Mr. Obama’s strategy is a sharp shift from those of his predecessors and seeks to revamp the nation’s nuclear posture for a new age in which rogue states and terrorist organizations are greater threats than traditional powers like Russia and China.
It eliminates much of the ambiguity that has deliberately existed in American nuclear policy since the opening days of the cold war. For the first time, the United States is explicitly committing not to use nuclear weapons against nonnuclear states that are in compliance with the Nuclear Nonproliferation Treaty, even if they attacked the United States with biological or chemical weapons or launched a crippling cyberattack.
Those threats, Mr. Obama argued, could be deterred with “a series of graded options,” a combination of old and new conventional weapons. “I’m going to preserve all the tools that are necessary in order to make sure that the American people are safe and secure,” he said in the interview in the Oval Office.
For the past half-century, much of the world lived under the shadow of a nuclear threat -- the idea that we were a button-press away from global annihilation. The goal of many was to try and put the nuclear genie back in the bottle -- to forestall what to many seemed like an inevitable trek to self-imposed extinction. Basically, this new policy restricts (to the extent that a positivist statement of policy by an actor empowered to reverse that decision literally whenever he so choices can be a "restriction") the use of our nuclear arsenal to either (a) cases of nuclear attack or (b) states not a part of the NPT.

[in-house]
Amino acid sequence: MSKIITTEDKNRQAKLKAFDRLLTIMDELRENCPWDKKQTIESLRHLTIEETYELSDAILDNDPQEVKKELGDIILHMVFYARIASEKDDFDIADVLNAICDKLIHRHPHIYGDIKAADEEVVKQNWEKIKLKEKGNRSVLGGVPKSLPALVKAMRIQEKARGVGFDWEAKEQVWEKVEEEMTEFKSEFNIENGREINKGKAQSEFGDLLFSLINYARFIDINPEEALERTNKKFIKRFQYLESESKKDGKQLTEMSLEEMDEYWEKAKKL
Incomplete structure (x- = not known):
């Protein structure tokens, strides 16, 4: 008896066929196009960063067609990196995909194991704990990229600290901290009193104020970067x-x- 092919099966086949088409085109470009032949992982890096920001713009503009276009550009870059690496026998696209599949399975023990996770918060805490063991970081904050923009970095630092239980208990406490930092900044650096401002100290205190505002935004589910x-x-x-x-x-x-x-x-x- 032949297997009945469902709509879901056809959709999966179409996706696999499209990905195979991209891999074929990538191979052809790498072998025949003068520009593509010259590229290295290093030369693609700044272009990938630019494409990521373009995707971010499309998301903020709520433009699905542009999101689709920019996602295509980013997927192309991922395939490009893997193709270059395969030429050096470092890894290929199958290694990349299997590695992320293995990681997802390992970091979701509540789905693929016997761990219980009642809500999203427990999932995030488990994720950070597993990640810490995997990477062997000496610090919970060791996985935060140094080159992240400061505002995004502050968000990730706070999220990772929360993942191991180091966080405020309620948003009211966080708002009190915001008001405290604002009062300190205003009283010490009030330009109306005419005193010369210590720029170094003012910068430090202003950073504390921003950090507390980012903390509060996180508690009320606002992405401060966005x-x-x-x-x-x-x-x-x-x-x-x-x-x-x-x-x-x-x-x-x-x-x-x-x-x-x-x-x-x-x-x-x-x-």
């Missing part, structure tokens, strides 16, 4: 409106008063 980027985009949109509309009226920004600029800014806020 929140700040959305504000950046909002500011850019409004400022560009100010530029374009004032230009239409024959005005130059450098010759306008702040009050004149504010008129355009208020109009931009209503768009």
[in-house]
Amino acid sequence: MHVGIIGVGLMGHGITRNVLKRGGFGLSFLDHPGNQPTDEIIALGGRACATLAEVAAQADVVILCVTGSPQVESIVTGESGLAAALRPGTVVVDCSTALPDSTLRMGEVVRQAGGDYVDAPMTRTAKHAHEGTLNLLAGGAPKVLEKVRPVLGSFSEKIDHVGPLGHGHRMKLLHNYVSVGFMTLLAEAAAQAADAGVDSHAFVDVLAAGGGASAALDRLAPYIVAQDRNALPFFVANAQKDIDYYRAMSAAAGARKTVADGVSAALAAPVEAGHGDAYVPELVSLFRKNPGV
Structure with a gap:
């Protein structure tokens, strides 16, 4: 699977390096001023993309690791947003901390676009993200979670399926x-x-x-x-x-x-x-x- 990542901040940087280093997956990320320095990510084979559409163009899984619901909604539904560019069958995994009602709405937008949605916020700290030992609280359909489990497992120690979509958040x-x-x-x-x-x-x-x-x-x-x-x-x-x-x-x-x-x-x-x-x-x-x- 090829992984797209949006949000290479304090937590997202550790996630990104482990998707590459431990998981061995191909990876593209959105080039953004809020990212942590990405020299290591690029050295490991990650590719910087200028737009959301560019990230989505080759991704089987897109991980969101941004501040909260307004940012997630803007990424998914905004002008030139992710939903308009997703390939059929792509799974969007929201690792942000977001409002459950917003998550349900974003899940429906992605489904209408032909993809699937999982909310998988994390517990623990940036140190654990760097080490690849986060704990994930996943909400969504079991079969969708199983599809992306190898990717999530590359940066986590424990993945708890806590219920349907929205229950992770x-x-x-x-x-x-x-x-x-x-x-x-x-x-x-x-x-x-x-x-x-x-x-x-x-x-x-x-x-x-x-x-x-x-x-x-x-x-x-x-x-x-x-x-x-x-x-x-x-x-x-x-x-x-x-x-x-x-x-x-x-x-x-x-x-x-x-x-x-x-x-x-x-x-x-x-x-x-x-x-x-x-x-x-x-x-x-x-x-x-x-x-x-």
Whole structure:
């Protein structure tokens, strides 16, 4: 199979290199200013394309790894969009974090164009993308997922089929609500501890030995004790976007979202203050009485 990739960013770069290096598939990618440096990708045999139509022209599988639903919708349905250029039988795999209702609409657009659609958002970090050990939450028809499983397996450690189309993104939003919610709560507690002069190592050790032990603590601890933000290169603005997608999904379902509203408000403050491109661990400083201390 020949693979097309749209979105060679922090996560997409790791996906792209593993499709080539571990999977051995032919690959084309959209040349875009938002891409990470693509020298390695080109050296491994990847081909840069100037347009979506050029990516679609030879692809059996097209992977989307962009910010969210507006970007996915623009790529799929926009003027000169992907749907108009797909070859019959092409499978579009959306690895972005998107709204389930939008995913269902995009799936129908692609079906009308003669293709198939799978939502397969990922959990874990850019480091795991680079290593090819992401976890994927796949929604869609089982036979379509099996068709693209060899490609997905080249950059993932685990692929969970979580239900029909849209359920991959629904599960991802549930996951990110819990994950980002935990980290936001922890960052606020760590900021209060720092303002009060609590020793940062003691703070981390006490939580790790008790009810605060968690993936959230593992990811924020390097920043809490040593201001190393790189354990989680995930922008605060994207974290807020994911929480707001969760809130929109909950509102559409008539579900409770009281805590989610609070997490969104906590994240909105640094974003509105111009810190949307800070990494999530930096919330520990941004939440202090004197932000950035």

But apparently, a substantial chunk of the population prefers a world where it is entirely unknown whether and when the US will unleash apocalyptic waves of destruction. The person who sent this to me said it made it wonder if Obama should be tried for "treason". Roger Simon inquires "Does he hate us? Does he hate this country?"
Meanwhile, actual military policy expert Robert Farley notes that we are perfectly capable of projecting conventional deterrence through our massive conventional arms advantage. The threat to bring nukes to a chemical or biological weapons fight was never credible in the first place, both because of the difference in scale of destruction and because we can sufficiently deter through conventional means. Finally, as Whiskey Fire points out, the whole problem with the new form of threats we face (from terrorist organizations and other NGOs) is that we're skeptical of whether conventional deterrence postures work against them at all, dissipating the defensive force of nuclear weaponry.